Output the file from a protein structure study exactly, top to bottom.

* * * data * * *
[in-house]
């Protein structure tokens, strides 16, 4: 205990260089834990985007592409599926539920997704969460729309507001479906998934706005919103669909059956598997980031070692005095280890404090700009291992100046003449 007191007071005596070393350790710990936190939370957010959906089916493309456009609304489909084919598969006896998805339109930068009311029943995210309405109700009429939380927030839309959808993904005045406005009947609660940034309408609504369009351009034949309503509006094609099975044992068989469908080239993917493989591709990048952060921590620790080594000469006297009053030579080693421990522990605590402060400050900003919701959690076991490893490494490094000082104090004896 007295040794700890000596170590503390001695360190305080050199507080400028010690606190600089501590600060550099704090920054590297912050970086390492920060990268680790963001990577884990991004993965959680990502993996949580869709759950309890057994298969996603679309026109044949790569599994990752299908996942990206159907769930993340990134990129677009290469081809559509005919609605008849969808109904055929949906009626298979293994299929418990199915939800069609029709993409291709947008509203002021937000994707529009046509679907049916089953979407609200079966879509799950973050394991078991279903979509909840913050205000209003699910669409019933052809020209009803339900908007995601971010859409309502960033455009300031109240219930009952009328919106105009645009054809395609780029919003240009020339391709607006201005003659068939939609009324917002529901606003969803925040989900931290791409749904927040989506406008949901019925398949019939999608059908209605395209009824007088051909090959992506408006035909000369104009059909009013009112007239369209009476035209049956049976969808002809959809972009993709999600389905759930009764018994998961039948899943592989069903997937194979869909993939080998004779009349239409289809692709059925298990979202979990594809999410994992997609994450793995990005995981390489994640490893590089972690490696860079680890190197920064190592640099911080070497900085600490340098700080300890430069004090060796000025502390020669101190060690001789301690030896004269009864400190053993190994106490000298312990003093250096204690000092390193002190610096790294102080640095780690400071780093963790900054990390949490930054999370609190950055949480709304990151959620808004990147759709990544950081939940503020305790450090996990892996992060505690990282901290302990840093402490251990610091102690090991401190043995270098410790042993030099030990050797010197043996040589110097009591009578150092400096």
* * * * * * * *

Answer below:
[in-house]
């Protein structure tokens, strides 16, 4: 205990260089834990985007592409599926539920997704969460729309507001479906998934706005919103669909059956598997980031070692005095280890404090700009291992100046003449 007191007071005596070393350790710990936190939370957010959906089916493309456009609304489909084919598969006896998805339109930068009311029943995210309405109700009429939380927030839309959808993904005045406005009947609660940034309408609504369009351009034949309503509006094609099975044992068989469908080239993917493989591709990048952060921590620790080594000469006297009053030579080693421990522990605590402060400050900003919701959690076991490893490494490094000082104090004896 007295040794700890000596170590503390001695360190305080050199507080400028010690606190600089501590600060550099704090920054590297912050970086390492920060990268680790963001990577884990991004993965959680990502993996949580869709759950309890057994298969996603679309026109044949790569599994990752299908996942990206159907769930993340990134990129677009290469081809559509005919609605008849969808109904055929949906009626298979293994299929418990199915939800069609029709993409291709947008509203002021937000994707529009046509679907049916089953979407609200079966879509799950973050394991078991279903979509909840913050205000209003699910669409019933052809020209009803339900908007995601971010859409309502960033455009300031109240219930009952009328919106105009645009054809395609780029919003240009020339391709607006201005003659068939939609009324917002529901606003969803925040989900931290791409749904927040989506406008949901019925398949019939999608059908209605395209009824007088051909090959992506408006035909000369104009059909009013009112007239369209009476035209049956049976969808002809959809972009993709999600389905759930009764018994998961039948899943592989069903997937194979869909993939080998004779009349239409289809692709059925298990979202979990594809999410994992997609994450793995990005995981390489994640490893590089972690490696860079680890190197920064190592640099911080070497900085600490340098700080300890430069004090060796000025502390020669101190060690001789301690030896004269009864400190053993190994106490000298312990003093250096204690000092390193002190610096790294102080640095780690400071780093963790900054990390949490930054999370609190950055949480709304990151959620808004990147759709990544950081939940503020305790450090996990892996992060505690990282901290302990840093402490251990610091102690090991401190043995270098410790042993030099030990050797010197043996040589110097009591009578150092400096």